The Ihlara Valley, formerly known as Peristremma in historical sources, is one of the rare areas where nature, history, art, and culture intersect with its vegetation, churches, and chapels.
Located within the district of Güzelyurt in the province of Aksaray/Konya, Ihlara Valley holds an important place among the canyons of the world. With a length of 18 kilometers, an average depth of 150 meters, and a width of 200 meters, Ihlara Valley contains thousands of living spaces and stands out from other canyons as the largest canyon in the world where people lived in the past.
The Melendiz River, which shapes Ihlara Valley and gives life to the valley, is the main source of life here. Hundreds of churches and rock-carved spaces, formed by the easily-carved rocks surrounding the valley, have made the valley one of the world's most important cultural and civilization centers.
Another striking feature of Ihlara Valley is its nature. A dense strip of greenery consisting of vineyards and gardens lies along the water's edge at the bottom of the steep, deep and narrow valley. It's as if nature has hidden inside the valley. The surrounding area of the valley is dominated by sparse vegetation with a steppe-like appearance. As you reach the slopes of the valley, you will see that a rich and green piece of nature is hidden inside the valley. This hidden aspect has also determined the special place of the valley. Unlike the terrestrial climate in the region, a climate close to the Mediterranean climate can be seen on the valley floor. With this feature, the valley floor is a natural microclimate area. As a result, a wide variety of plants grow on the valley floor, primarily including pistachio trees.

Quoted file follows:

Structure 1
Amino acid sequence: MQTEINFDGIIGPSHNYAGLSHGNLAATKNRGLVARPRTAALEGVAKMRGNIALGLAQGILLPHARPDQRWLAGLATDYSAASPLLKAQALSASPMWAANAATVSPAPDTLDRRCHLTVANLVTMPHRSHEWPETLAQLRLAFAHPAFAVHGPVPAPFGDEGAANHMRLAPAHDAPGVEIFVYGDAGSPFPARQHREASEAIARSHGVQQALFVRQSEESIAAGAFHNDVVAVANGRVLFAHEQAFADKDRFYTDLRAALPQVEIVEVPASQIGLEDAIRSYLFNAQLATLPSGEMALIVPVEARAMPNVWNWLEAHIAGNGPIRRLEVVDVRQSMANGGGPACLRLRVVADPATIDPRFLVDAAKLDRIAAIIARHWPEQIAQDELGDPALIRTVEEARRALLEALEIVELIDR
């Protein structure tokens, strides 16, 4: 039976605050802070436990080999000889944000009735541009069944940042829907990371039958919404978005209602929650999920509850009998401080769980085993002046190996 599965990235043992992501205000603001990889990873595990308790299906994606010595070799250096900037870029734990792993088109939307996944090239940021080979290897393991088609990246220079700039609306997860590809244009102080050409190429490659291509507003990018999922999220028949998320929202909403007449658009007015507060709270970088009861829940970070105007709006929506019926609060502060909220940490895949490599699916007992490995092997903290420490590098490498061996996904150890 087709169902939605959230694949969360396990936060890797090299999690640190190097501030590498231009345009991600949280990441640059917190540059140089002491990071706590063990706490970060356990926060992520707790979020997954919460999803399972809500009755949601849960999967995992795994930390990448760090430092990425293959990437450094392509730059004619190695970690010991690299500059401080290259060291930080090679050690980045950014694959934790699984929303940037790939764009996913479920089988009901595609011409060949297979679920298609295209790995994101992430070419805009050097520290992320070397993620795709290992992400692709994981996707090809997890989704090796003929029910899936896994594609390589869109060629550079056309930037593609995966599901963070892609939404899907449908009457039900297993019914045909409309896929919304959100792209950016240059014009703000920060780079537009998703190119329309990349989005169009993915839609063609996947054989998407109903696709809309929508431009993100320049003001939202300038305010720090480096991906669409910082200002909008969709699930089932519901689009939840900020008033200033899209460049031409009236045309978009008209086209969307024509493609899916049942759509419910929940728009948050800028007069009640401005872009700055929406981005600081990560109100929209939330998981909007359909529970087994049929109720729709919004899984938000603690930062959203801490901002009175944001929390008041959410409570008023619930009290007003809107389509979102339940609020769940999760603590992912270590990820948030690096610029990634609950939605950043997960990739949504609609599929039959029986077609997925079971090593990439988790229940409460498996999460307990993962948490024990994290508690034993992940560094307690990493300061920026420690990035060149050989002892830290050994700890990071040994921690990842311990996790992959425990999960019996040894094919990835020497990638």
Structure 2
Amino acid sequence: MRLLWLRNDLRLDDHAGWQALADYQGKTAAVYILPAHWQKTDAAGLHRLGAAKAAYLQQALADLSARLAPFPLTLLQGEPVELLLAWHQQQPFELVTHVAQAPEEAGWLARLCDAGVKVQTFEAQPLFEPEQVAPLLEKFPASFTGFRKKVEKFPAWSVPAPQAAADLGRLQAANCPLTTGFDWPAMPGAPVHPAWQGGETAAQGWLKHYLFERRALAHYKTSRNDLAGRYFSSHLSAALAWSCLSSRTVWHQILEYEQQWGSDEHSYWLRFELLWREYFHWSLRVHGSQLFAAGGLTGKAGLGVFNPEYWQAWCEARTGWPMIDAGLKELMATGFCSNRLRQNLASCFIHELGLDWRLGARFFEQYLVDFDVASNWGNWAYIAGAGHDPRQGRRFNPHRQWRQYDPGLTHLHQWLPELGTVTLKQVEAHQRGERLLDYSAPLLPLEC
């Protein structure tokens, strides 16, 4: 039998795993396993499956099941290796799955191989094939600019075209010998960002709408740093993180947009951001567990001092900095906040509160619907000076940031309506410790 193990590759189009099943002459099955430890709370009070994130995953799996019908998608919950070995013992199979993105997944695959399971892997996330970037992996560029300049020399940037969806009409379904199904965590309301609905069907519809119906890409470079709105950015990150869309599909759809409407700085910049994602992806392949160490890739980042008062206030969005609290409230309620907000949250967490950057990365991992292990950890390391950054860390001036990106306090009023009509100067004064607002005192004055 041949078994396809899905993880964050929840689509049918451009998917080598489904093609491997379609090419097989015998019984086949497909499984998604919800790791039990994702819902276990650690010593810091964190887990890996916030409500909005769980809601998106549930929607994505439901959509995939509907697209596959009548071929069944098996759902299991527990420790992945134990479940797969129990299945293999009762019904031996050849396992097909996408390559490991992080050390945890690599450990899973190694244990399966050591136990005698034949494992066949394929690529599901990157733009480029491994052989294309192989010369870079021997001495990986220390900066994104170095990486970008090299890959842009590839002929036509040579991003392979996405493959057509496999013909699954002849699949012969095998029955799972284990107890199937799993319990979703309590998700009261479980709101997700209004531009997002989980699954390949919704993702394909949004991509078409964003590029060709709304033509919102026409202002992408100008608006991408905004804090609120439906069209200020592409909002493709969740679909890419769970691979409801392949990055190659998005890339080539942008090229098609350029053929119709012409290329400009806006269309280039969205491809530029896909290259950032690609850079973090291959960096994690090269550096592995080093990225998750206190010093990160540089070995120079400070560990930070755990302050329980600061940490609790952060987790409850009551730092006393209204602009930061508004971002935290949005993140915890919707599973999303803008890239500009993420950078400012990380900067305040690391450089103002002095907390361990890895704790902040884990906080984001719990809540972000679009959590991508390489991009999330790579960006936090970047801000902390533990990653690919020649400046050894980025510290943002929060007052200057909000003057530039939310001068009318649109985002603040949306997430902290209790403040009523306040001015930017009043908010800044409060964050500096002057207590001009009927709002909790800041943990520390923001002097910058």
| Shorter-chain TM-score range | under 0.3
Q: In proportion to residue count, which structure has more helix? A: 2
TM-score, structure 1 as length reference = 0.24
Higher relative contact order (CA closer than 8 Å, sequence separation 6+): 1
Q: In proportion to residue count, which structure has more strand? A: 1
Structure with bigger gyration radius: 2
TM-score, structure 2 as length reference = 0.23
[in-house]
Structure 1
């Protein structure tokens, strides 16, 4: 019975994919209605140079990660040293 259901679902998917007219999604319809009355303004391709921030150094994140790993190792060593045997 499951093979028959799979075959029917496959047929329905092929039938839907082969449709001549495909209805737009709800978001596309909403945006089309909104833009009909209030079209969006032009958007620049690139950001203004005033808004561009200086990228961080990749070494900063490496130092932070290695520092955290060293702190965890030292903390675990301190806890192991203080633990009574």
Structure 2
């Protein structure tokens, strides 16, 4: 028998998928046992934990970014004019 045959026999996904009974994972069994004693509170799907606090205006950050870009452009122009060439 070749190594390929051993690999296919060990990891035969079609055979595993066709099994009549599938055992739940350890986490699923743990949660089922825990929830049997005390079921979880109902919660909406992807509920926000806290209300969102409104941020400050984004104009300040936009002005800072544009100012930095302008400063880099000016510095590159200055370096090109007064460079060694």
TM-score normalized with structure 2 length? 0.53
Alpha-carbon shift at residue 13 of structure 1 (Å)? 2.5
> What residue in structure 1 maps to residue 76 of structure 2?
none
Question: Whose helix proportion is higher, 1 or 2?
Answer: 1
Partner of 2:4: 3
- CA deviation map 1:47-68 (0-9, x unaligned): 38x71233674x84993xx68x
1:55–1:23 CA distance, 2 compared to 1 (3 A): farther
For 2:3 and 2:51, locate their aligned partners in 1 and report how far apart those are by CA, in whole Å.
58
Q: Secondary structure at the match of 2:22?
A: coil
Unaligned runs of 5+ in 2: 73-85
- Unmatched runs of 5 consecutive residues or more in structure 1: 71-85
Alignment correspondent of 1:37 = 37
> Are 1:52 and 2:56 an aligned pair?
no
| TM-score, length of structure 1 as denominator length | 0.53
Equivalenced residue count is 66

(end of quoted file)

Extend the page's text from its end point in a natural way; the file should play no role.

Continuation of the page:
The frescoed churches carved into the rocks in Ihlara Valley have survived to this day as an unparalleled treasure of history. These frescoed churches and settlements, created by the easy excavation of rocks from the early years of Christianity, are located within Ihlara Valley, which extends from Ihlara to Selime for 14 kilometers. They have been preserved as an invaluable cultural heritage. The earliest examples of these churches in Ihlara Valley, where nature and history are intertwined in the middle of the Kapadokya River (Patamos Kapadokus) in ancient times, can be traced back to the 4th century AD. The painting technique of the churches can be divided into two parts. The churches around Ihlara exhibit the characteristics known as the "Cappadocia Type". Examples of these are the Eğritaş, Ağaçaltı, Kokar, Pürenliseki, and Yılanlı Churches. Those in the Belisırma section are decorated with "Byzantine Type" paintings.